Lion & Unicorn Theatre, London – until 20 January 2019
How happy are you – really? Most people at some point in their lives have experienced dissatisfaction, but often the ‘noise’ of life makes them temporarily forget. However, in the early hours of the morning, with nothing to distract from one’s thoughts, the feelings can be overwhelming… Written by Peter Mulligan and directed by Zoey Alexis Boyd, Loop examines different philosophical outlooks one might have and how they ‘help’ (or not) with expectations of life.
Set in a quiet pub, we meet Chris (Keifer Jones) who contemplates his options at this juncture of his life. However, his ‘solitude’ is interrupted by the arrival of pub regular Steve (David Richardson) and his ‘companion’ Kitty (Zoey Alexis Boyd). Steve has his own reasons for bringing them together – an ‘opportunity’ that could potentially change all their lives. But as his enthusiasm escalates – spurred on by alcohol and a powdery ‘pick-me-up’ – we realise that the others have different ideas about what would be personally fulfilling.
Chris’ long-term goal is of a creative and searching nature – something that is meaningful to him. In response to this revelation, Kitty shoots down the merits of Chris’ quest and the search for ‘meaning’. For her, there are no ultimate answers or spiritual panaceas. The world is a messed up place and to a degree, accepts it for what it is.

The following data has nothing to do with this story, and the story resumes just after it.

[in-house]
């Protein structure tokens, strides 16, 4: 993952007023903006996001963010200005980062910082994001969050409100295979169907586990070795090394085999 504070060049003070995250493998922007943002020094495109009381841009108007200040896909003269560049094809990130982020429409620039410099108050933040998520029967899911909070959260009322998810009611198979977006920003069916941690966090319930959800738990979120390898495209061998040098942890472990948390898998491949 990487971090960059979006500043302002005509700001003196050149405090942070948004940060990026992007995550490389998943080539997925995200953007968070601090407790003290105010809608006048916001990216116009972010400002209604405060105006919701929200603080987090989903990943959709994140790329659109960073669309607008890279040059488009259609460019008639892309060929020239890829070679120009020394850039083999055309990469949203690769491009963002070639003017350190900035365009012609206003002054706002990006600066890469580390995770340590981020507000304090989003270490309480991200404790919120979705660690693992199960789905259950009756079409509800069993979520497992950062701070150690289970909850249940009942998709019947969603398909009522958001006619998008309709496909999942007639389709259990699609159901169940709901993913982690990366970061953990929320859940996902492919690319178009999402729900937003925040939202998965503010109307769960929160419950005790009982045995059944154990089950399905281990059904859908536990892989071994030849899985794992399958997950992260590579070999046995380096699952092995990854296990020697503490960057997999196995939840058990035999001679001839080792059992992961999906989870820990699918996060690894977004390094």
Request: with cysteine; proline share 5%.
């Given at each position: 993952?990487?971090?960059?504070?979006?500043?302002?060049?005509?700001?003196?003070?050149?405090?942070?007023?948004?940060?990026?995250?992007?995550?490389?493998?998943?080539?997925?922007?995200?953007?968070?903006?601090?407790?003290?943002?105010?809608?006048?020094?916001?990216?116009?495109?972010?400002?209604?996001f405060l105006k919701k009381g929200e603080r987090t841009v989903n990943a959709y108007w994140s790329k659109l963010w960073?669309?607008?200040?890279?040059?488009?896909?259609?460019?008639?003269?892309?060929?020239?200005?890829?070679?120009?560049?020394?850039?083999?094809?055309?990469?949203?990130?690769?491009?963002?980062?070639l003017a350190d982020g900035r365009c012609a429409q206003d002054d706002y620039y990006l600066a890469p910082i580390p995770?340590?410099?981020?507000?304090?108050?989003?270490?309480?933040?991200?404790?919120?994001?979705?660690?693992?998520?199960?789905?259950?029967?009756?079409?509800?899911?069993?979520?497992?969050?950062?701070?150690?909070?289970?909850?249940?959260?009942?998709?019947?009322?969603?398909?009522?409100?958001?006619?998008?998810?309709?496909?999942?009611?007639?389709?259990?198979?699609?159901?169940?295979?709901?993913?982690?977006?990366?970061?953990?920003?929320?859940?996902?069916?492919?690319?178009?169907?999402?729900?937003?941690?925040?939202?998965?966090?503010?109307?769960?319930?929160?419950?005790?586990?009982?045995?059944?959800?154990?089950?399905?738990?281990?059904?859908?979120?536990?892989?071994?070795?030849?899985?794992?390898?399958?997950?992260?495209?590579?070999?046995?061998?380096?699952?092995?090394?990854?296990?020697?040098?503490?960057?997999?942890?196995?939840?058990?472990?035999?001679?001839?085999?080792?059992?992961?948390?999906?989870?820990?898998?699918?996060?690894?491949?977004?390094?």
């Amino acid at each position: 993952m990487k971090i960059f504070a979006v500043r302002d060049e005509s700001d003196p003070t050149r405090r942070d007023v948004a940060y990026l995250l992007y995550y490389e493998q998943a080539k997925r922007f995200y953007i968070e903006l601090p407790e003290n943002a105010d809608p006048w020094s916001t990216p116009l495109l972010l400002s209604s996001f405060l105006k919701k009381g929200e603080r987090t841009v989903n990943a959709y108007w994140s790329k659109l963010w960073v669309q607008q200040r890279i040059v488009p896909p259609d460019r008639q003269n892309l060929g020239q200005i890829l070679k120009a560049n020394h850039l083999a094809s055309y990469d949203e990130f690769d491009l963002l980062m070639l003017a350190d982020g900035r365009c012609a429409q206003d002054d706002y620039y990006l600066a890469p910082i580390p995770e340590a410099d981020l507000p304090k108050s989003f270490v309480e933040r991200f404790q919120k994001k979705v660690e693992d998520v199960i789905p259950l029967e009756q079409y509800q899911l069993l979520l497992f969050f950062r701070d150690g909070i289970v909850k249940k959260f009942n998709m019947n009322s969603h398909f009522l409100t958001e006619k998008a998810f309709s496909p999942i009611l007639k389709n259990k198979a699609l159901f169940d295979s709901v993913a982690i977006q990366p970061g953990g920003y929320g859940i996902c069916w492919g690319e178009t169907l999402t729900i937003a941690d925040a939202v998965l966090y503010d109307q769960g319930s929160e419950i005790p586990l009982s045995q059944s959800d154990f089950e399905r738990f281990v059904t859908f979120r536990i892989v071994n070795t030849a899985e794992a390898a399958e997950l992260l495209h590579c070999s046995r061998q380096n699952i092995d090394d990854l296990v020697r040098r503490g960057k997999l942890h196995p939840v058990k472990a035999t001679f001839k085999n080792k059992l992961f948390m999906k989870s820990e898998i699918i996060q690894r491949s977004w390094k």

Steve’s own reaction to Chris is of a much more volatile nature – not only disagreeing with him, but vehemently opposing his ‘aspirations’. But Steve’s antagonism towards Steve’s open thoughts belie a gnawing anger about areas of his life he has little control of. Enter Paul (Jaz Cox). As someone who’s been eavesdropping on the conversation, his arrival is met with rancour – his appearance automatically triggering automatic judgments on his appearance and demeanour. However his presence there – like the others – isn’t by chance and offers a point of view that is both grounded and born of loss.
Taken together, the opinions and experiences of the group represent a cross-section of society. More importantly, the fervour which each character states their case is persuasive, leaving it to the audience to decide who is ‘right’.
Running like a thread throughout the show is a discourse about the duality of ‘service’ and ‘reward’, and the way this is interpreted throughout society. How this relates to the mental health of young men, in particular, is central to the show – that and the importance of choice…